The most you can lose on any stock (assuming you don't use leverage) is 100% of your money. But in contrast you can make much more than 100% if the company does well. For example, the Pfizer Limited (NSE:PFIZER) share price has soared 153% in the last three years. That sort of return is as solid as granite. It's down 4.8% in the last seven days.
To paraphrase Benjamin Graham: Over the short term the market is a voting machine, but over the long term it's a weighing machine. One imperfect but simple way to consider how the market perception of a company has shifted is to compare the change in the earnings per share (EPS) with the share price movement.
Pfizer was able to grow its EPS at 19% per year over three years, sending the share price higher. This EPS growth is lower than the 36% average annual increase in the share price. This indicates that the market is feeling more optimistic on the stock, after the last few years of progress. It's not unusual to see the market 're-rate' a stock, after a few years of growth. This optimism is also reflected in the fairly generous P/E ratio of 45.12.
The company's earnings per share (over time) is depicted in the image below (click to see the exact numbers).
This free interactive report on Pfizer's earnings, revenue and cash flow is a great place to start, if you want to investigate the stock further.
What About Dividends?
When looking at investment returns, it is important to consider the difference between total shareholder return (TSR) and share price return. The TSR incorporates the value of any spin-offs or discounted capital raisings, along with any dividends, based on the assumption that the dividends are reinvested. So for companies that pay a generous dividend, the TSR is often a lot higher than the share price return. We note that for Pfizer the TSR over the last 3 years was 174%, which is better than the share price return mentioned above. The dividends paid by the company have thusly boosted the total shareholder return.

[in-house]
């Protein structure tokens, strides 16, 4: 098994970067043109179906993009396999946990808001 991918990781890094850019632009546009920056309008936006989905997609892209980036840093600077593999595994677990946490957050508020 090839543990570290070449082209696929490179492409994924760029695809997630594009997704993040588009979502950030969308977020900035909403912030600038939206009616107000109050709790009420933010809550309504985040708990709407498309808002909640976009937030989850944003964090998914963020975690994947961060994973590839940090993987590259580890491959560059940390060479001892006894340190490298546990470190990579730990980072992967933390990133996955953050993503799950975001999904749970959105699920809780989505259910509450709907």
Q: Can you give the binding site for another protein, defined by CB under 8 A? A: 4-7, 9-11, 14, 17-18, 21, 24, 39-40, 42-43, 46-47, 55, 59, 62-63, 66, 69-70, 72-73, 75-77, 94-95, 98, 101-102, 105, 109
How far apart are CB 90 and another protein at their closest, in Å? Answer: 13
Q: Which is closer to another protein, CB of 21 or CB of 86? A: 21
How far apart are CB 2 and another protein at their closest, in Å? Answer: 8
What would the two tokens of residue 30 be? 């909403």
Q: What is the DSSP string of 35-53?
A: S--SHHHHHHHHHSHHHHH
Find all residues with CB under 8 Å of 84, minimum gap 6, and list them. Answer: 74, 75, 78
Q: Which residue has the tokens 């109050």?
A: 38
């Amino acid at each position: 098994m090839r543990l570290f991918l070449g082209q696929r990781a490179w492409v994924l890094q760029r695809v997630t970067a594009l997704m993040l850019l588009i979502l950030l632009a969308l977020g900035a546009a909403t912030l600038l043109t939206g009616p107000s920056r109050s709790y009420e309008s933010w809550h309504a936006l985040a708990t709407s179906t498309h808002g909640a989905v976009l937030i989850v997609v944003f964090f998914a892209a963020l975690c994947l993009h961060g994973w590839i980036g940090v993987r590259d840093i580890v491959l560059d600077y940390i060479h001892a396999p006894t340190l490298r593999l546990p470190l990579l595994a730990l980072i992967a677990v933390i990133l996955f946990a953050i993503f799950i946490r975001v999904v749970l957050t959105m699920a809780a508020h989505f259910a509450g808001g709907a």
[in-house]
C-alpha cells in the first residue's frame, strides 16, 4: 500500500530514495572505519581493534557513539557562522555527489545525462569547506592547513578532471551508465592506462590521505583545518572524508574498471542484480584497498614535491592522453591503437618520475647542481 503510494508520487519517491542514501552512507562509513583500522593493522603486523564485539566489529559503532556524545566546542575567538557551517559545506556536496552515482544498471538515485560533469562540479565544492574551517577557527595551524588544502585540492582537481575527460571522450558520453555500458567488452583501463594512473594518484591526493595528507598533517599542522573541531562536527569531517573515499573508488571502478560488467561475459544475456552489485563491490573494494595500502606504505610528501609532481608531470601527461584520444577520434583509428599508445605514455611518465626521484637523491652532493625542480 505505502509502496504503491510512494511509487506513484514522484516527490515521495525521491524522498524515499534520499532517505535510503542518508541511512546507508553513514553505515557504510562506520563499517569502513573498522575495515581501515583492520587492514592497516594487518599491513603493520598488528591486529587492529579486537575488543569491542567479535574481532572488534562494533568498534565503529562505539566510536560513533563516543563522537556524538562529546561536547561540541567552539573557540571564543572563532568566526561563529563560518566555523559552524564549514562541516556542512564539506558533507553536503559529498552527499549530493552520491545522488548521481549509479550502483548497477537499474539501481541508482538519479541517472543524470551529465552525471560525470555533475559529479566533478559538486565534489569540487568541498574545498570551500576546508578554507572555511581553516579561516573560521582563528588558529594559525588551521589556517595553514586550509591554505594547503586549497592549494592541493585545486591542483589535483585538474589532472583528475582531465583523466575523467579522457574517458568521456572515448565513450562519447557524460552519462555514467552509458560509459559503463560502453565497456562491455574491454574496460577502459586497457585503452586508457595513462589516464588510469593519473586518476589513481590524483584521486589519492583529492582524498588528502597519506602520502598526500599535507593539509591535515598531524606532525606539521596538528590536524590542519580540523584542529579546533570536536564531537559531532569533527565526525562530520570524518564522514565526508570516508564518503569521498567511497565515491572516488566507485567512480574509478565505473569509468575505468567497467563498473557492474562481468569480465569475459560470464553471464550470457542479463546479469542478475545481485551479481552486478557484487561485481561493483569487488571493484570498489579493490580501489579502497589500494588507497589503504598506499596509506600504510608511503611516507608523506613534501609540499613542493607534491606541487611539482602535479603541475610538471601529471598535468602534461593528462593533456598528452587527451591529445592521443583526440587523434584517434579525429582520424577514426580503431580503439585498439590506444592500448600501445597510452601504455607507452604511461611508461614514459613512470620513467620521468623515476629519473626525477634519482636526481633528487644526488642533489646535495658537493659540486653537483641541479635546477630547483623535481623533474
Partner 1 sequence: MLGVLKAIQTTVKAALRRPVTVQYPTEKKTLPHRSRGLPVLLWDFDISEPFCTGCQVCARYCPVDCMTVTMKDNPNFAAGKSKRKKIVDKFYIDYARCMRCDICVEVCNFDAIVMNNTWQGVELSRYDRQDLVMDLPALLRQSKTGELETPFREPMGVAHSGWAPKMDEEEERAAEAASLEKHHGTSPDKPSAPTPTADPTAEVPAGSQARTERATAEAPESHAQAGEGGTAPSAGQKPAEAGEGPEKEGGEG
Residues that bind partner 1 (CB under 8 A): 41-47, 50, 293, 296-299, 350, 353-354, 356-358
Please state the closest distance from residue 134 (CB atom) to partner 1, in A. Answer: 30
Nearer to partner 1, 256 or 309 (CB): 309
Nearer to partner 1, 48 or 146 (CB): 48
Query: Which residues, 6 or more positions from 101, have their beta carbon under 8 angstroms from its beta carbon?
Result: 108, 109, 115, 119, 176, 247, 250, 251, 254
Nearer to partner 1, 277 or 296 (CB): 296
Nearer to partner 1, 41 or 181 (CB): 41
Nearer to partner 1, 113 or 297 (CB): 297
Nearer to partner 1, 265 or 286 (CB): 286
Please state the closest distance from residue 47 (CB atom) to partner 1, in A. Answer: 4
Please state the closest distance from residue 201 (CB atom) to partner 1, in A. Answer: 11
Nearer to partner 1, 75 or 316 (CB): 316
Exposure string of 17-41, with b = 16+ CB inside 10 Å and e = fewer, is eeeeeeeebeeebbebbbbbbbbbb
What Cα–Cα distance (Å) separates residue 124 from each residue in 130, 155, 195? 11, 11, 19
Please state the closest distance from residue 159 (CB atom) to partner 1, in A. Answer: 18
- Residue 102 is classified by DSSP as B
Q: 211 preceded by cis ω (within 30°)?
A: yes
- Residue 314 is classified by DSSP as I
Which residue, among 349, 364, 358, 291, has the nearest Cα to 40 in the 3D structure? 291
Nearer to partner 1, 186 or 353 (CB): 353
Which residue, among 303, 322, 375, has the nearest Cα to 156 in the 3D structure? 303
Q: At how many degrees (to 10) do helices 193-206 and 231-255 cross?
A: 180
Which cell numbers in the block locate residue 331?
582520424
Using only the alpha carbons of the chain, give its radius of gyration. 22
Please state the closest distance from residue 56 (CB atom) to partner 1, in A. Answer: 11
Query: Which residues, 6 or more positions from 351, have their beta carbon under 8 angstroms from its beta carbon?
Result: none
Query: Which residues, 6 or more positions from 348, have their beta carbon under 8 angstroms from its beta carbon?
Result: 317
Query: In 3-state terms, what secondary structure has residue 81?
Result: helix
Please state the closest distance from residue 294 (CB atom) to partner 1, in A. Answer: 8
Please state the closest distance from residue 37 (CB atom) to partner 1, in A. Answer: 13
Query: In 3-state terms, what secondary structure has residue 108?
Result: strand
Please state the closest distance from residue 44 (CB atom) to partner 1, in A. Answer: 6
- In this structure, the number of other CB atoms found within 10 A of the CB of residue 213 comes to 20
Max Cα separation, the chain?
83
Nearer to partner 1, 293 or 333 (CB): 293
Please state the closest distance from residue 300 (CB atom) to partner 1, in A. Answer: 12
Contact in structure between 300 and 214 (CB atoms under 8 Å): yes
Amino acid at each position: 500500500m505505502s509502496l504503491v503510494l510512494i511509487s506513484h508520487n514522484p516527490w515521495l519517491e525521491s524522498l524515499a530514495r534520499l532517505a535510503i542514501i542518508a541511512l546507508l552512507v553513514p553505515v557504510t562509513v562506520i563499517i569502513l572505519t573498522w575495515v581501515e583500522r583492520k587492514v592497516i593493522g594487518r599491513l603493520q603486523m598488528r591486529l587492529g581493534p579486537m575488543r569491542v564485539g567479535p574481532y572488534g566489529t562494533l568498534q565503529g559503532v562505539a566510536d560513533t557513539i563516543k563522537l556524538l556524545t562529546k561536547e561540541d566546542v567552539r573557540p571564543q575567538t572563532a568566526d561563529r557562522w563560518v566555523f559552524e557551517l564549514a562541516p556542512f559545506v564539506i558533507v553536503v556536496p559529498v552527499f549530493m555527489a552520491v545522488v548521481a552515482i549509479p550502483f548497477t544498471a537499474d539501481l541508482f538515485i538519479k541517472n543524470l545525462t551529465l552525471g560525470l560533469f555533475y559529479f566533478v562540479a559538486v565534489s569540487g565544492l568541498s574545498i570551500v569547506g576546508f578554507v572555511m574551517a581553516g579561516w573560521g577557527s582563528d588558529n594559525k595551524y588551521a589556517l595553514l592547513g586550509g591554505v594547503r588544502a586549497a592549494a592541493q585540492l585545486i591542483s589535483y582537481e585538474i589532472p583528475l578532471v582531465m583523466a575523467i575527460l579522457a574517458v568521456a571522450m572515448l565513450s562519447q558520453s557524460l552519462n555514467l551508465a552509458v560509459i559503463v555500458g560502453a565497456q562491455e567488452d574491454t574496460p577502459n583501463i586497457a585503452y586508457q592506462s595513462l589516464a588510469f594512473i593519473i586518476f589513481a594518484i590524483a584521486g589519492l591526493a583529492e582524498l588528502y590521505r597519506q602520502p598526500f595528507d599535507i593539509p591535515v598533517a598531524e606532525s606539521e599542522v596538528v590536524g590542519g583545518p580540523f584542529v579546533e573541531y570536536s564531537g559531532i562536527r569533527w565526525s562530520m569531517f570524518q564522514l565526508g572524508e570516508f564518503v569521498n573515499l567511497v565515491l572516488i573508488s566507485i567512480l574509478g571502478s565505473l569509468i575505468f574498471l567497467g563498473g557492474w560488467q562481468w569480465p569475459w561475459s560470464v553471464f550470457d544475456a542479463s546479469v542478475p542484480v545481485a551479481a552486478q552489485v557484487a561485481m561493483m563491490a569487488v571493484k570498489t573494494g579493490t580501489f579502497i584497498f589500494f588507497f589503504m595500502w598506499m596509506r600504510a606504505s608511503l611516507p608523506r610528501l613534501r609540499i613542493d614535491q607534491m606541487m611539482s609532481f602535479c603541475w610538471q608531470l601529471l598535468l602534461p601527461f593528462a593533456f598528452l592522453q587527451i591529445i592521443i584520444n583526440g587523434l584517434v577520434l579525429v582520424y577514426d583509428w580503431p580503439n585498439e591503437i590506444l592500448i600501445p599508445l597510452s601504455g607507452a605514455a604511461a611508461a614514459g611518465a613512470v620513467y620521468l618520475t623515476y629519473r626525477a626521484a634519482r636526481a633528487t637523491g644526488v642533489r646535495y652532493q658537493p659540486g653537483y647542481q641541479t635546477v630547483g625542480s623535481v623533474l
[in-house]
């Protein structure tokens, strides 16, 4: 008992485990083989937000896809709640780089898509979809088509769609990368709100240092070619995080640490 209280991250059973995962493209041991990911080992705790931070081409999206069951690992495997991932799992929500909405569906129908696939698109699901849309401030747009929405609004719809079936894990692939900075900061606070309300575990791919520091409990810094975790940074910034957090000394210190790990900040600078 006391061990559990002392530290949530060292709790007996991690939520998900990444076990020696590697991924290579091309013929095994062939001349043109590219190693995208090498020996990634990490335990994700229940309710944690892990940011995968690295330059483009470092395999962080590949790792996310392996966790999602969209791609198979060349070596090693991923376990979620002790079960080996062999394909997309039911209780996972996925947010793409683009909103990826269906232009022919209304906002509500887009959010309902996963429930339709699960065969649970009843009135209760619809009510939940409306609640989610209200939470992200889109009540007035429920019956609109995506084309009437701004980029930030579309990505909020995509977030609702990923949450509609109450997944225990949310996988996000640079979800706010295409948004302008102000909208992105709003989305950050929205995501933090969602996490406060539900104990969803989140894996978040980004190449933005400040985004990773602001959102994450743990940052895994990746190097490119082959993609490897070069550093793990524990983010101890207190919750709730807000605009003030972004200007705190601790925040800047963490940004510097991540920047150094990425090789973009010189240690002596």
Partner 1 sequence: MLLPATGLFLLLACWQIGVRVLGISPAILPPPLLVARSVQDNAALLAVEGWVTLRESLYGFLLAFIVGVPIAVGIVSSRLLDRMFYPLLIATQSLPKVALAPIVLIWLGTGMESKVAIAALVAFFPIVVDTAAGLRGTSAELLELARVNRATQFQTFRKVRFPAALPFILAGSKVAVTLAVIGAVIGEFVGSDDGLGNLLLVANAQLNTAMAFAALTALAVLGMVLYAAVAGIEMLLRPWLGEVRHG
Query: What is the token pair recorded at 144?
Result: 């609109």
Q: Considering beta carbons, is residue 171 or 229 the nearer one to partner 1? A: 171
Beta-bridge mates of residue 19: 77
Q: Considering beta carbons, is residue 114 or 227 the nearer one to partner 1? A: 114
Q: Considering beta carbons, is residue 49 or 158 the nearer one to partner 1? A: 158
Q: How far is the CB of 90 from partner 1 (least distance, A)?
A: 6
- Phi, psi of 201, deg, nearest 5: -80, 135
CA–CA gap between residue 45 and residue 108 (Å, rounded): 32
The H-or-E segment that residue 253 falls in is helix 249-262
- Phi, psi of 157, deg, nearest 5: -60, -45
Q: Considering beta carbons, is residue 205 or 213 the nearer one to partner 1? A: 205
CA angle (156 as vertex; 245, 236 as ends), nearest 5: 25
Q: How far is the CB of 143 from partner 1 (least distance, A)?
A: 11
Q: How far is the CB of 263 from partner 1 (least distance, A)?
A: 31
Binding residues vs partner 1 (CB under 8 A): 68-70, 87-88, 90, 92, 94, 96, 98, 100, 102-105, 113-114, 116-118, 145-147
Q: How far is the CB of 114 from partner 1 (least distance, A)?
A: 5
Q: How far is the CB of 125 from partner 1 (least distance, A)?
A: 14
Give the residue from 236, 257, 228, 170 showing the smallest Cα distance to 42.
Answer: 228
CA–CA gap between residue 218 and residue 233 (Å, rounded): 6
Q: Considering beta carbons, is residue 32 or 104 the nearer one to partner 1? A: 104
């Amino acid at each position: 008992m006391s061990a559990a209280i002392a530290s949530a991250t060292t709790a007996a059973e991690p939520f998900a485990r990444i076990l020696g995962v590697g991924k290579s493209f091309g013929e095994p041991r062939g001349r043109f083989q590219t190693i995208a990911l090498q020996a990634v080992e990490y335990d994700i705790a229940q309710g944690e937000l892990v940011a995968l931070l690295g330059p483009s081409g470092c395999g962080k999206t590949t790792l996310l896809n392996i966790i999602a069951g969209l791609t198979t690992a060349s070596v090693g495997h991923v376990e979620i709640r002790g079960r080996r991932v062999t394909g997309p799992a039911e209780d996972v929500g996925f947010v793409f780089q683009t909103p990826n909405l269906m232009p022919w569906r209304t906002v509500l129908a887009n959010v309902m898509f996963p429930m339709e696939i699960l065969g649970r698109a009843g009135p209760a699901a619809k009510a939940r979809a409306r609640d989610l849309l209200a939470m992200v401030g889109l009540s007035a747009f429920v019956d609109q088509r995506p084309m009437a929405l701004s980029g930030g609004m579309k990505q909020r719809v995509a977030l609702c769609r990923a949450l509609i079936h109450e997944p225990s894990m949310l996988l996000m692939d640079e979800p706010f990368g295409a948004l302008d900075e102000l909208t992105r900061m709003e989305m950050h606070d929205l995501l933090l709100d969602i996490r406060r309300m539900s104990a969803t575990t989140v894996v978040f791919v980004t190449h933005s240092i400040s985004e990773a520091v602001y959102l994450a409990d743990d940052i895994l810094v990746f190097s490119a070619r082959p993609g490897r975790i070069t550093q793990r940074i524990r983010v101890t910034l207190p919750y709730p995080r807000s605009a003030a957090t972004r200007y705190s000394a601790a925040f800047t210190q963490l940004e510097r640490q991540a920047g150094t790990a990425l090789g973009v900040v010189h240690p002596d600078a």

A Different Perspective
It's good to see that Pfizer has rewarded shareholders with a total shareholder return of 30% in the last twelve months. Of course, that includes the dividend. Since the one-year TSR is better than the five-year TSR (the latter coming in at 17% per year), it would seem that the stock's performance has improved in recent times. Someone with an optimistic perspective could view the recent improvement in TSR as indicating that the business itself is getting better with time. Before spending more time on Pfizer it might be wise to click here to see if insiders have been buying or selling shares.
If you like to buy stocks alongside management, then you might just love this free list of companies. (Hint: insiders have been buying them).
Please note, the market returns quoted in this article reflect the market weighted average returns of stocks that currently trade on IN exchanges.
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This article by Simply Wall St is general in nature. It does not constitute a recommendation to buy or sell any stock, and does not take account of your objectives, or your financial situation. We aim to bring you long-term focused analysis driven by fundamental data. Note that our analysis may not factor in the latest price-sensitive company announcements or qualitative material. Simply Wall St has no position in any stocks mentioned.
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